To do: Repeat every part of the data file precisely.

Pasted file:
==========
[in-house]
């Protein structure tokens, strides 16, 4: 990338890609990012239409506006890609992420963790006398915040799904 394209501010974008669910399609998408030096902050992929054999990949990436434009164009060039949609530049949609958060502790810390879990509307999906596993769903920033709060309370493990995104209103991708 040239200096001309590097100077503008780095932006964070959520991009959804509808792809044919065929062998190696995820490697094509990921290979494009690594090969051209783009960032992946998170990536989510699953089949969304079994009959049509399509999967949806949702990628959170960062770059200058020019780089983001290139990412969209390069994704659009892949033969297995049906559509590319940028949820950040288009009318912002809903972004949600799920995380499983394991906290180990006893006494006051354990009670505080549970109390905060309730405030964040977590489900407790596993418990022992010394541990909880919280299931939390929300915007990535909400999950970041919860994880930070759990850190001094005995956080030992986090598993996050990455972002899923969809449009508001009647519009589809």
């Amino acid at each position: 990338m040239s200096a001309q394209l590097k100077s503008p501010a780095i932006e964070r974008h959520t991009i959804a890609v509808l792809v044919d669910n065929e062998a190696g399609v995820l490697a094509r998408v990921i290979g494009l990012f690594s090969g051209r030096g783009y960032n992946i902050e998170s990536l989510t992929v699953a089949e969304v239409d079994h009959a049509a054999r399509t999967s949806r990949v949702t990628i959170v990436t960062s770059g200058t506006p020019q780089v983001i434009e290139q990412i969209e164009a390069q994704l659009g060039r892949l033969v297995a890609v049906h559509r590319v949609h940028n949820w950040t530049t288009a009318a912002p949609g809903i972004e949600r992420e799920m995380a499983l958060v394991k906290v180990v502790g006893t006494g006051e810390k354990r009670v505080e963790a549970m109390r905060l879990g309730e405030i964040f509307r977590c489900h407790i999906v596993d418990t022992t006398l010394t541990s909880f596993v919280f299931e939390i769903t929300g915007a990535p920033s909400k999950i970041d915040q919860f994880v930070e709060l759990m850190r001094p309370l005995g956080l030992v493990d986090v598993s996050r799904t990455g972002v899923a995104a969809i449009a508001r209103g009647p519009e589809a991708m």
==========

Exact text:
[in-house]
């Protein structure tokens, strides 16, 4: 990338890609990012239409506006890609992420963790006398915040799904 394209501010974008669910399609998408030096902050992929054999990949990436434009164009060039949609530049949609958060502790810390879990509307999906596993769903920033709060309370493990995104209103991708 040239200096001309590097100077503008780095932006964070959520991009959804509808792809044919065929062998190696995820490697094509990921290979494009690594090969051209783009960032992946998170990536989510699953089949969304079994009959049509399509999967949806949702990628959170960062770059200058020019780089983001290139990412969209390069994704659009892949033969297995049906559509590319940028949820950040288009009318912002809903972004949600799920995380499983394991906290180990006893006494006051354990009670505080549970109390905060309730405030964040977590489900407790596993418990022992010394541990909880919280299931939390929300915007990535909400999950970041919860994880930070759990850190001094005995956080030992986090598993996050990455972002899923969809449009508001009647519009589809």
């Amino acid at each position: 990338m040239s200096a001309q394209l590097k100077s503008p501010a780095i932006e964070r974008h959520t991009i959804a890609v509808l792809v044919d669910n065929e062998a190696g399609v995820l490697a094509r998408v990921i290979g494009l990012f690594s090969g051209r030096g783009y960032n992946i902050e998170s990536l989510t992929v699953a089949e969304v239409d079994h009959a049509a054999r399509t999967s949806r990949v949702t990628i959170v990436t960062s770059g200058t506006p020019q780089v983001i434009e290139q990412i969209e164009a390069q994704l659009g060039r892949l033969v297995a890609v049906h559509r590319v949609h940028n949820w950040t530049t288009a009318a912002p949609g809903i972004e949600r992420e799920m995380a499983l958060v394991k906290v180990v502790g006893t006494g006051e810390k354990r009670v505080e963790a549970m109390r905060l879990g309730e405030i964040f509307r977590c489900h407790i999906v596993d418990t022992t006398l010394t541990s909880f596993v919280f299931e939390i769903t929300g915007a990535p920033s909400k999950i970041d915040q919860f994880v930070e709060l759990m850190r001094p309370l005995g956080l030992v493990d986090v598993s996050r799904t990455g972002v899923a995104a969809i449009a508001r209103g009647p519009e589809a991708m």